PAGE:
10:00am: Craig, my driver, has decided that today’s soundtrack is going to be Queensrÿche, blasted at maximum volume. Suddenly the day is looking better. Maybe it’s not going to be so bad after all. My first semester at Berklee, the guys in the dorm room next door played “Operation: Mindcrime” nonstop at all hours of the day, and that music grew on me. I ask Craig to get us down to Manhattan and Manhatta pronto. He obliges, and I am temporarily distracted by “Empire,” “Silent Lucidity” and “I Don’t Believe in Love.”

10:15am: I am thinking…maybe I can just sneak in and blend in at the back of the room. Then I remember that this year, the domaine has decided to do smaller tastings, and this one is just for a dozen or so journalists. So, there goes that idea. I have never really gotten comfortable being considered part of the ‘media’ or ‘press.’ I didn’t study writing or wine tasting, so I always feel out of place in a group of real writers. I started writing about wine as a passion; it is still a passion, and over time, it simply became my profession.

Don't worry I did take notes, but I could not bring myself to write on the official tasting booklet.

10:30am: The DRC tasting is about to start, and I will be at least 30 minutes late. Not good. In Burgundy, 15 minutes is about the maximum you can be late without annoying people, but even so, I am usually right on time. I let Alex at Wilson Daniels know I am delayed, and that is comforting, for about a second. I am hoping…let me rephrase that…I am praying that the 30-minute Champagne welcome is part of this year’s program, even in the smaller format.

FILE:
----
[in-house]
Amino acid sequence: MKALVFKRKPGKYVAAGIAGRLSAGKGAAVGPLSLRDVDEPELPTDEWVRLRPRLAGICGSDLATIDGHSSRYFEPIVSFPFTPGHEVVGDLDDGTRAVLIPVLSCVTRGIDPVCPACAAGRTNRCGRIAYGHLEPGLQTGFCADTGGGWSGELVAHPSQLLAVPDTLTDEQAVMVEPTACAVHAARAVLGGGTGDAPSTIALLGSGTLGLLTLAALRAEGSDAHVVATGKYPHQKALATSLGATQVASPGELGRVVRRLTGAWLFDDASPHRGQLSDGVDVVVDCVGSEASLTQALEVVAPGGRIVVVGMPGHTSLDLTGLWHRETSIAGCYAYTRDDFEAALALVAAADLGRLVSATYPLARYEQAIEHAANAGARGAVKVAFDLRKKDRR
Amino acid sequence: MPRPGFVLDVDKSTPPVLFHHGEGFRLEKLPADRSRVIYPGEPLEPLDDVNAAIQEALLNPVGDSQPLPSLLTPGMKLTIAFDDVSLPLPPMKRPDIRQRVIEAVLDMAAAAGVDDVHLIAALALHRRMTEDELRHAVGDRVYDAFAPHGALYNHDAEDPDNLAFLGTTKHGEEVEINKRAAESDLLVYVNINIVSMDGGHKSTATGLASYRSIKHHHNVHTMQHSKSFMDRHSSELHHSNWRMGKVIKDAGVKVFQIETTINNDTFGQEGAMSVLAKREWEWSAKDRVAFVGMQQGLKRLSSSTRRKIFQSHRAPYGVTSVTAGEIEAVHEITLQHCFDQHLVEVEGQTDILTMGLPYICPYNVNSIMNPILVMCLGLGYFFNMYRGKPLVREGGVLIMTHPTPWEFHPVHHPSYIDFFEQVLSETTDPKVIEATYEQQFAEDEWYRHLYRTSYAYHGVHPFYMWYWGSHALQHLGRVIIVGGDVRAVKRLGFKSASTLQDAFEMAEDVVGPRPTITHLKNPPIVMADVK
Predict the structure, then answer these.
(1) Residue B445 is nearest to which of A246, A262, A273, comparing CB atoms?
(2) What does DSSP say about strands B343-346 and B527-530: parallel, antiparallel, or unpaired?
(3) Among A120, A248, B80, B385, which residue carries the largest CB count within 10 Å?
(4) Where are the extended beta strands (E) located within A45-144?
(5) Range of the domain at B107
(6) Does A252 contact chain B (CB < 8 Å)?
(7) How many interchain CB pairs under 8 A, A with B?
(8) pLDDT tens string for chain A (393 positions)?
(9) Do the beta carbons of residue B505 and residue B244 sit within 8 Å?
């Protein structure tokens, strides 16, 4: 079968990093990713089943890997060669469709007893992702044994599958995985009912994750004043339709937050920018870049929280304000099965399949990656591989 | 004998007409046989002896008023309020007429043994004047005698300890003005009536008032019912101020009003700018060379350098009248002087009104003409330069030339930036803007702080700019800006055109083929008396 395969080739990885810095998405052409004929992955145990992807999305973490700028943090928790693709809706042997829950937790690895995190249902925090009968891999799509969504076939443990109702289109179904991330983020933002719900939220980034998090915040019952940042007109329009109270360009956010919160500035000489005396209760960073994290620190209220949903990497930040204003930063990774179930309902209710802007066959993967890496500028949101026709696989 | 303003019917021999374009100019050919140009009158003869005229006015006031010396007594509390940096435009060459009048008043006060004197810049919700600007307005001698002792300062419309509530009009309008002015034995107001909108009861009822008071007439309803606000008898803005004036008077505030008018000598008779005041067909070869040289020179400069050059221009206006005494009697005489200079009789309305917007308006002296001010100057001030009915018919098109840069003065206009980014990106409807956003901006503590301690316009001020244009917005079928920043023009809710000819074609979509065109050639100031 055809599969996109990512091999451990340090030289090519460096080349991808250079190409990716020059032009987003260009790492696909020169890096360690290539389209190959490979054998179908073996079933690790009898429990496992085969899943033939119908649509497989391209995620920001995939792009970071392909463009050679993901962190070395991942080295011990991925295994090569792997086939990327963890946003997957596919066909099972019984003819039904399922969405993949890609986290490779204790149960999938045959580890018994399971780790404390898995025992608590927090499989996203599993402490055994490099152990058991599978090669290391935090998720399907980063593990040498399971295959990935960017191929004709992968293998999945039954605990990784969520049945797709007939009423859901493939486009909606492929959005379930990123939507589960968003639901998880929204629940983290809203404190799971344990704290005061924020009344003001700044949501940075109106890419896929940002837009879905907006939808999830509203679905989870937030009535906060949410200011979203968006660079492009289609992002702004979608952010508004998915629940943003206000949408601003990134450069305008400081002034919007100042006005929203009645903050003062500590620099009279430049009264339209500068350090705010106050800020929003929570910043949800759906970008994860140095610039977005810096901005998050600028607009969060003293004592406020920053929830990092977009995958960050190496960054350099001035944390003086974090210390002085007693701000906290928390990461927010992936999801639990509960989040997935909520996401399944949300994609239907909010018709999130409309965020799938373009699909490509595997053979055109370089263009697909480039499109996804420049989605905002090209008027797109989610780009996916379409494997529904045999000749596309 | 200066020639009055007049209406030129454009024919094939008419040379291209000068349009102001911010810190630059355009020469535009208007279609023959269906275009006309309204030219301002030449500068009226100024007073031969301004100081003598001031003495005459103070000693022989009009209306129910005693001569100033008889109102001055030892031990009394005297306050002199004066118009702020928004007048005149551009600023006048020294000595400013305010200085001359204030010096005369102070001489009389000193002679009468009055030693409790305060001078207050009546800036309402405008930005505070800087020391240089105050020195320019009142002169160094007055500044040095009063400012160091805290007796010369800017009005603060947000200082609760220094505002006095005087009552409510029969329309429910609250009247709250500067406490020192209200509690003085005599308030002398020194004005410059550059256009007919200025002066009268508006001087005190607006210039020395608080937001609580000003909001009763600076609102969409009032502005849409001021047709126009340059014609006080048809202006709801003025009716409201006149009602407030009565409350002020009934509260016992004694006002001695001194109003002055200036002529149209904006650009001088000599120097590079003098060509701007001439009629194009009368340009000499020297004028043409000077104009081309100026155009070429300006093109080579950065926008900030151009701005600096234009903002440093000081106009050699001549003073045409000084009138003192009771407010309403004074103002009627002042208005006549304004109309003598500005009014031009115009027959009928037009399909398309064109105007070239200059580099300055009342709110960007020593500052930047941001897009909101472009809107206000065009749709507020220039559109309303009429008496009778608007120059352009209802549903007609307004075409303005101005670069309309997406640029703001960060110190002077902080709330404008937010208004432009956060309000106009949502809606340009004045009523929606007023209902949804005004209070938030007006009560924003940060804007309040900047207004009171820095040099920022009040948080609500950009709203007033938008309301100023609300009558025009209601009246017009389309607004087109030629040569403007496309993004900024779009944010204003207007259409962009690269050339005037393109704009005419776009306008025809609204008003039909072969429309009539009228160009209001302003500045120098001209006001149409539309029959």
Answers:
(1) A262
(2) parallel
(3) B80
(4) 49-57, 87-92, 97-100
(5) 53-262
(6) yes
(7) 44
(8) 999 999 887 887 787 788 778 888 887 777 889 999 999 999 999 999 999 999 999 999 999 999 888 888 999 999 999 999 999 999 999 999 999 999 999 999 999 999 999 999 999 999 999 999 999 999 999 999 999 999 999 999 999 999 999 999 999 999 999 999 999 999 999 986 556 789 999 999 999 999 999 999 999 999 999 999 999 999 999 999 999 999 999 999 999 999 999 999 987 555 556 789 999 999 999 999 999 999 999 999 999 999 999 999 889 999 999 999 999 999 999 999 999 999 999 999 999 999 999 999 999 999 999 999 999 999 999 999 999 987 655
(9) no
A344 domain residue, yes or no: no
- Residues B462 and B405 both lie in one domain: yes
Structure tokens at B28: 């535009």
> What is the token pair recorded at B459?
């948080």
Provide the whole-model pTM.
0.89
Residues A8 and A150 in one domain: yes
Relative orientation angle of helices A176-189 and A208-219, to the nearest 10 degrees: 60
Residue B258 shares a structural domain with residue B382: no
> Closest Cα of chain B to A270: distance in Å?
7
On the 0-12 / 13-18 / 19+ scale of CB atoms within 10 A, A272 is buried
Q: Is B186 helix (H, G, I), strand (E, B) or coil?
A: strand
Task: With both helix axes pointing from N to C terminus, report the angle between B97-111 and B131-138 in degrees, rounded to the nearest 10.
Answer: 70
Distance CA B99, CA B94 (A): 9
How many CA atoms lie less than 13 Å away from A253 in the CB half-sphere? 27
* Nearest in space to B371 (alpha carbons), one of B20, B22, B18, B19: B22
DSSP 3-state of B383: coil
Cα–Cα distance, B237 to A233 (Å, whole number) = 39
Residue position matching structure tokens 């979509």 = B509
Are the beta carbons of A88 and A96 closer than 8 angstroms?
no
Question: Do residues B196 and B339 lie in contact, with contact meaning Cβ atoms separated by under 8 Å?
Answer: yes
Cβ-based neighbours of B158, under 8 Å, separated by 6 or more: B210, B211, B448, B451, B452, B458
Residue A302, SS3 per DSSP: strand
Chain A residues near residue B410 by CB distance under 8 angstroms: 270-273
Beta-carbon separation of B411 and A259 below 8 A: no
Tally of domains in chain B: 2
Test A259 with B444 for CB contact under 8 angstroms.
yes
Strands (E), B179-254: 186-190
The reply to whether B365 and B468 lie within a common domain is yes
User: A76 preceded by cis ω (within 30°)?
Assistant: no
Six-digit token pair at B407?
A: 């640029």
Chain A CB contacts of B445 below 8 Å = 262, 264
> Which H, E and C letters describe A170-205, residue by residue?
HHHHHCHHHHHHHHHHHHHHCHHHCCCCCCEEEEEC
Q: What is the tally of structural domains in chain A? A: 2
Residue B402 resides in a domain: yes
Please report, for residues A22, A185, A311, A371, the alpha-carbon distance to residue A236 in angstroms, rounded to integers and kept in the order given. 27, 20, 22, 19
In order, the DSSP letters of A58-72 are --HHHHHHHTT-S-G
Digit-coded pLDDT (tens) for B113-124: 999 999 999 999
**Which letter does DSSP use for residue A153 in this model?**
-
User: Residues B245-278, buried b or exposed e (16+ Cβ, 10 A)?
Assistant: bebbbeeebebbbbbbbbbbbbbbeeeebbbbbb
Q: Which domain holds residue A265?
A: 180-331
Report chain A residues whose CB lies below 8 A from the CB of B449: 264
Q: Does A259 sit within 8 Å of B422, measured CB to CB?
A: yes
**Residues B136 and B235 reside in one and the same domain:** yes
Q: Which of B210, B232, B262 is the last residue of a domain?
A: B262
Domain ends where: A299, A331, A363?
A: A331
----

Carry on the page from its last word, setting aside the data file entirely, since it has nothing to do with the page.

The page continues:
11:00am: Finally. I arrive at Manhatta. “You must be Antonio Galloni,” says the woman at check in. Ugh. You don’t want to be that person. 

11:01am: The elevator ride up 60 floors feels like an eternity. I find the private room, and still harbor a hope I can sneak in unnoticed. Sadly, not a chance. I arrive just as everyone is being seated and take my place. Well…it could have been much worse. Thankfully, they did have the Champagne aperitif, so I just made it. It’s the beginning of COVID-19, and there are the first nervous, uneasy comments about the virus. Elbow bumps have replaced the customary handshakes as greetings. If I have kept anyone waiting I apologize, but it looks like everyone is enjoying the moment. And what’s not to enjoy? We are about to taste the full range of 2017s along with some library wines. 

11:02am: With great punctuality, Aubert de Villaine presents the 2017s. He is, as always, quiet, introspective and so thoughtful. More than that, growers of his generation, of which there are few, still remember when selling wine was hard. It was not that long ago. And so, there is also a simplicity to Aubert that is admirable.

Aubert de Villaine explains the 2017 growing season in detail.